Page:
4. pahutton June 10, 2018 at 3:34 pm

    Interspiritual Meditation is a powerful tool that has changed my life. It is a vehicle for calming my thoughts and lessening emotions that tend to pull me away from my best self and clear thinking.

    Meditation creates a stream of consciousness that dredges a path between my emotions and my rational/left-brain thinking.

    Meditation is a sacred process that enables me to get in touch with my higher/best self without being pulled away by distractions of thoughts and feelings.

    Meditation calms my breathing and my soul. It provides an inner silence that allows me to hear the whispers of God.

    Meditation does not require me to be present in a particular place or with a particular person. It allows me to access the strength and Wisdom within me.

    Meditation provides a container for the alchemy which takes my experience and my learning, and melds it into new ways of seeing and understanding.

    Meditation is a seeking of Wisdom.

    Meditation allows a New Way of caring and loving. It lets me access Love and Compassion which fuels my service to others. It gives me the courage to be the change that I want to see in others and in the world.

    Interspiritual Meditation is a powerful tool that has changed my life and has the potential to change the world.

  5. susiej@jetbroadband.com June 11, 2018 at 9:48 am

    For Cris above, thank you for sharing your wonderful poem about India. I have never been there but from what I’ve heard from others who have, and Indian friends I’ve known in the U.S., it seems as though you’ve captured the marvelous potpourri that is India. (I don’t know if you are familiar with The Sun magazine, but a few years ago they ran a similar piece by Andrew Boyd, called “Submit to Mother India” that is one of my all-time favorite writings from The Sun!)
    For pahutton, I too feel I have gained so much from this introduction to ISM. I know it will act as a guide for my meditation practice in the future in so many ways. And what I feel can be SO helpful to the world in healing division and connecting diverse peoples is its emphasis on honoring the collective wisdom from various traditions. (Now I would really like to start a meditation group with people from various religions!) Humans everywhere, from our earliest days, have continually sought answers to the Big Questions: Who am I? Why am I here? What happens when I die? etc. ISM, by including writings and inspiration from all the world’s great religious/spiritual traditions, is a testament to the reality that the deepest and most essential yearnings we all have as humans spring from the same place of longing for meaning and transcendence. And through such examples from other traditions, we can truly understand that all humans are really not so different, helping us to see that everything, all the natural world and all peoples, truly are one: one world, one tribe, one family. “All my relatives.”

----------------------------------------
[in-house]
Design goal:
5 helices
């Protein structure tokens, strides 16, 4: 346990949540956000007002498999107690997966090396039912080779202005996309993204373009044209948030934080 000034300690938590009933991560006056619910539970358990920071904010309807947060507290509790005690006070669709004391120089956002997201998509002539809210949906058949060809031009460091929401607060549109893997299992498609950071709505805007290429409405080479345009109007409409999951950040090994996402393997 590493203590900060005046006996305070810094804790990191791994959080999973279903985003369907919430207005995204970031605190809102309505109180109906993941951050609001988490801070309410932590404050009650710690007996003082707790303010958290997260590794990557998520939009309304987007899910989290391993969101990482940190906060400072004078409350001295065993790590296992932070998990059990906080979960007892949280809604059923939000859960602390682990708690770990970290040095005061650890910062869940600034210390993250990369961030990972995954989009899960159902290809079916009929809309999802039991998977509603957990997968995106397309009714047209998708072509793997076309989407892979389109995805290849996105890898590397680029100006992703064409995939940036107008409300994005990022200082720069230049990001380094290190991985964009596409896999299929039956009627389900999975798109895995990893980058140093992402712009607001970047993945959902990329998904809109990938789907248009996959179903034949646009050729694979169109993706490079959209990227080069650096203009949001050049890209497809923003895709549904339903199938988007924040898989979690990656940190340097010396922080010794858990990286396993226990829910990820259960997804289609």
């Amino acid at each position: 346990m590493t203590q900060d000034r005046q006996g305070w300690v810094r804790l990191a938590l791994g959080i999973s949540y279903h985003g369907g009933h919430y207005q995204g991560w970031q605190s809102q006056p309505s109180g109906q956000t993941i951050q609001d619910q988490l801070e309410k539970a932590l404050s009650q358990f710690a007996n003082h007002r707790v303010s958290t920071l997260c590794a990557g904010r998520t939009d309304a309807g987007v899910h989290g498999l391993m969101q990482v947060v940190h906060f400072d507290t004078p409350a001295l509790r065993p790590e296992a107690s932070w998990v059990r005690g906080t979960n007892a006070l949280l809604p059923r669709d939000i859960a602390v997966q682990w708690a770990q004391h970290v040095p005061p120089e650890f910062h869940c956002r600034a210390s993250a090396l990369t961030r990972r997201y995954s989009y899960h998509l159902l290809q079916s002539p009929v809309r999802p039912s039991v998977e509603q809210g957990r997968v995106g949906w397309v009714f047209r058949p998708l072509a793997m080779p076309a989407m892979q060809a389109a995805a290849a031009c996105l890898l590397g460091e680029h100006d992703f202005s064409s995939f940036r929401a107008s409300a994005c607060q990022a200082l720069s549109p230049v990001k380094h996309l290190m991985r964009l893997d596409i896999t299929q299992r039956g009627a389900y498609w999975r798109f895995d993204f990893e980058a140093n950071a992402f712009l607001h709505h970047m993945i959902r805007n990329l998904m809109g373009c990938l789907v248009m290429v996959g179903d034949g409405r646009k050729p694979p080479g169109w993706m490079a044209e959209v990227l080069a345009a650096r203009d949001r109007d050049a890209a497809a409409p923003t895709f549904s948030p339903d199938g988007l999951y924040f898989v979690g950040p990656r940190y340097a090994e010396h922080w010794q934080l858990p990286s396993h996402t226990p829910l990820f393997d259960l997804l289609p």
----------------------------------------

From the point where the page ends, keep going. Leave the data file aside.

A few thoughts on service…I’ve come to believe that the highest form of spiritual expression is social activism. It seems to me that when a person develops an abiding spirit of gratitude, compassion, and service through a long-term spiritual practice, it will naturally result in a true understanding of the interdependence of all. And from that understanding springs a desire to render selfless service, with the knowledge that none can be free and happy until all are free and happy.

  6. Elaine Catterall June 13, 2018 at 1:10 pm

    Dear group, I watched the recorded webcast yesterday evening, of the final step 7: Service. I have not dedicated as much time and space as I hoped I would, during the past 8 weeks (a typical pattern for me), however, what I notice is a shift toward greater self acceptance about this and a growing sense of patience and (hopefully ) perseverence towards developing ISM as a regular practice. The process really is making sense and whilst I may worry a little that I have not (as yet) identified the spiritual tradition that forms the foundation to my practice, it was immensely helpful and reassuring to hear Maud talk positively about the impact of ISM, despite her lack of previous spiritual knowledge and practice.
    There were so many thoughts and emotions that arose in me whilst listening to those of you that participated, that I would like to share a few of these reflections now. Firstly, so glad to see that you felt recovered and well enough to lead the discussion Ed and thanks to all of you that volunteered to guide us through the meditation with your own words and reflections of inspiration. I was moved to tears through much of the meditation, allowing myself to ‘be touched’ by everyone’s sincere words and heartfelt sharing – feeling so glad and full of gratitude to have been a part of this deep sharing, even though it was not in real time for me. There has been an unfolding, a letting go in recent weeks, of some of my Ego expectations about attaining knowledge and achievement; being the ‘good student’. Practicing and reading about ISM has certainly played a part in this shift. For me to recognise I am really ‘just starting out’ with a deeper meditation practice, going beyond my basic mindfulness practice of the past few years, and now not feeling anxious or in a rush about learning and developing ISM practice, feels a relief (and I smile as I write this!).
    I realised as I listened and participated in Step 7 yesterday that whilst I still have to define and visualise the specifics of my service dedication I have in fact been dedicating my service to others regularly over the last 3 years, often as I am out walking my dog – by chanting the lovely Sanskrit prayer (from my yoga class):

    “Lokah Samastah Sukhino Bhavantu” This is chanted to invoke greater states of compassion and peace. On a personal and collective level. It roughly translates to: “May all beings everywhere be happy and Free. And may my thoughts, words and actions contribute to that happiness and freedom for all”. This now holds so much more meaning and spiritual energy for me after yesterday’s group sharing. 🙂

    I Wish you all continued nourishing insights and may we be blessed with the motivation and courage to continue on our spiritual journeys, on a personal and collective level. With love and gratitude – Elaine (UK)